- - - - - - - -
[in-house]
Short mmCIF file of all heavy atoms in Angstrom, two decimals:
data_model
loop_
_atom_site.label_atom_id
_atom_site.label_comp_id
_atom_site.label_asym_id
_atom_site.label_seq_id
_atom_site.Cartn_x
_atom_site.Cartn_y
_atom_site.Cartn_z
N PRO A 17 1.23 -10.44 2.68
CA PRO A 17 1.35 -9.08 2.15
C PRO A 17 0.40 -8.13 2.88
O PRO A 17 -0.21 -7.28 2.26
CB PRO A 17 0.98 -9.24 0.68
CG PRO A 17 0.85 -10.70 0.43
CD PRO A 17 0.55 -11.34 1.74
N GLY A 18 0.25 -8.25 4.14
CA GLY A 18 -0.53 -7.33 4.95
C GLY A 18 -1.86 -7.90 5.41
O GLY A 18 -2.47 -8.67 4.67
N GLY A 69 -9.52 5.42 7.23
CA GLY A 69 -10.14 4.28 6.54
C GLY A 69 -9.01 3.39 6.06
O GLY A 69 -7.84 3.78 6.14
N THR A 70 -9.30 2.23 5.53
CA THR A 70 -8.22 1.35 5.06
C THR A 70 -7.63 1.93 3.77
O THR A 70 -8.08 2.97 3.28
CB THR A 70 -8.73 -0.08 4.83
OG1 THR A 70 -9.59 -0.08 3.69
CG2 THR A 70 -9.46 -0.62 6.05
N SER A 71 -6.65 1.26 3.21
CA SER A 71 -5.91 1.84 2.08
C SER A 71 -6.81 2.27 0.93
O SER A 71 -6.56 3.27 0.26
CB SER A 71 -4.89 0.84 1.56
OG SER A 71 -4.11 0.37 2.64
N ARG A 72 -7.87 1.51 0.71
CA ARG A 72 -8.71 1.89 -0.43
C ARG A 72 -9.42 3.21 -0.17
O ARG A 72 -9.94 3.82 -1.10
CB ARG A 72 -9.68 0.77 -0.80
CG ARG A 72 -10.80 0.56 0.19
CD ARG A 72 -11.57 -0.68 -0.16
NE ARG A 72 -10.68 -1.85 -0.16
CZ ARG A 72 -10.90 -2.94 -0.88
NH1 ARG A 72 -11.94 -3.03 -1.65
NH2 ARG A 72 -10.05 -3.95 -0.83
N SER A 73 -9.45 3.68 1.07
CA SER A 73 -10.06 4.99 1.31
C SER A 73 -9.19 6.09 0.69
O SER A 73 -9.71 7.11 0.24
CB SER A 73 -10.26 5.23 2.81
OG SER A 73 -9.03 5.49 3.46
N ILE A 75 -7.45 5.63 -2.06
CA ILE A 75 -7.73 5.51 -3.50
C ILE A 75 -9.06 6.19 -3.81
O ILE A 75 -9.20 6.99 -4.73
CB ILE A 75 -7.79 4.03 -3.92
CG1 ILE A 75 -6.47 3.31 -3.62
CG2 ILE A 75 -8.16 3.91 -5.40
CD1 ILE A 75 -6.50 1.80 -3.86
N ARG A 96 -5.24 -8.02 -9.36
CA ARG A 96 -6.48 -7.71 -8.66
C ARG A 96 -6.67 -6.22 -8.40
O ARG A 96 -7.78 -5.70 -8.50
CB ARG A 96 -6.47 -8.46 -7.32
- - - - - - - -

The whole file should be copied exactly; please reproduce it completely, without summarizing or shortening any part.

[in-house]
Short mmCIF file of all heavy atoms in Angstrom, two decimals:
data_model
loop_
_atom_site.label_atom_id
_atom_site.label_comp_id
_atom_site.label_asym_id
_atom_site.label_seq_id
_atom_site.Cartn_x
_atom_site.Cartn_y
_atom_site.Cartn_z
N PRO A 17 1.23 -10.44 2.68
CA PRO A 17 1.35 -9.08 2.15
C PRO A 17 0.40 -8.13 2.88
O PRO A 17 -0.21 -7.28 2.26
CB PRO A 17 0.98 -9.24 0.68
CG PRO A 17 0.85 -10.70 0.43
CD PRO A 17 0.55 -11.34 1.74
N GLY A 18 0.25 -8.25 4.14
CA GLY A 18 -0.53 -7.33 4.95
C GLY A 18 -1.86 -7.90 5.41
O GLY A 18 -2.47 -8.67 4.67
N GLY A 69 -9.52 5.42 7.23
CA GLY A 69 -10.14 4.28 6.54
C GLY A 69 -9.01 3.39 6.06
O GLY A 69 -7.84 3.78 6.14
N THR A 70 -9.30 2.23 5.53
CA THR A 70 -8.22 1.35 5.06
C THR A 70 -7.63 1.93 3.77
O THR A 70 -8.08 2.97 3.28
CB THR A 70 -8.73 -0.08 4.83
OG1 THR A 70 -9.59 -0.08 3.69
CG2 THR A 70 -9.46 -0.62 6.05
N SER A 71 -6.65 1.26 3.21
CA SER A 71 -5.91 1.84 2.08
C SER A 71 -6.81 2.27 0.93
O SER A 71 -6.56 3.27 0.26
CB SER A 71 -4.89 0.84 1.56
OG SER A 71 -4.11 0.37 2.64
N ARG A 72 -7.87 1.51 0.71
CA ARG A 72 -8.71 1.89 -0.43
C ARG A 72 -9.42 3.21 -0.17
O ARG A 72 -9.94 3.82 -1.10
CB ARG A 72 -9.68 0.77 -0.80
CG ARG A 72 -10.80 0.56 0.19
CD ARG A 72 -11.57 -0.68 -0.16
NE ARG A 72 -10.68 -1.85 -0.16
CZ ARG A 72 -10.90 -2.94 -0.88
NH1 ARG A 72 -11.94 -3.03 -1.65
NH2 ARG A 72 -10.05 -3.95 -0.83
N SER A 73 -9.45 3.68 1.07
CA SER A 73 -10.06 4.99 1.31
C SER A 73 -9.19 6.09 0.69
O SER A 73 -9.71 7.11 0.24
CB SER A 73 -10.26 5.23 2.81
OG SER A 73 -9.03 5.49 3.46
N ILE A 75 -7.45 5.63 -2.06
CA ILE A 75 -7.73 5.51 -3.50
C ILE A 75 -9.06 6.19 -3.81
O ILE A 75 -9.20 6.99 -4.73
CB ILE A 75 -7.79 4.03 -3.92
CG1 ILE A 75 -6.47 3.31 -3.62
CG2 ILE A 75 -8.16 3.91 -5.40
CD1 ILE A 75 -6.50 1.80 -3.86
N ARG A 96 -5.24 -8.02 -9.36
CA ARG A 96 -6.48 -7.71 -8.66
C ARG A 96 -6.67 -6.22 -8.40
O ARG A 96 -7.78 -5.70 -8.50
CB ARG A 96 -6.47 -8.46 -7.32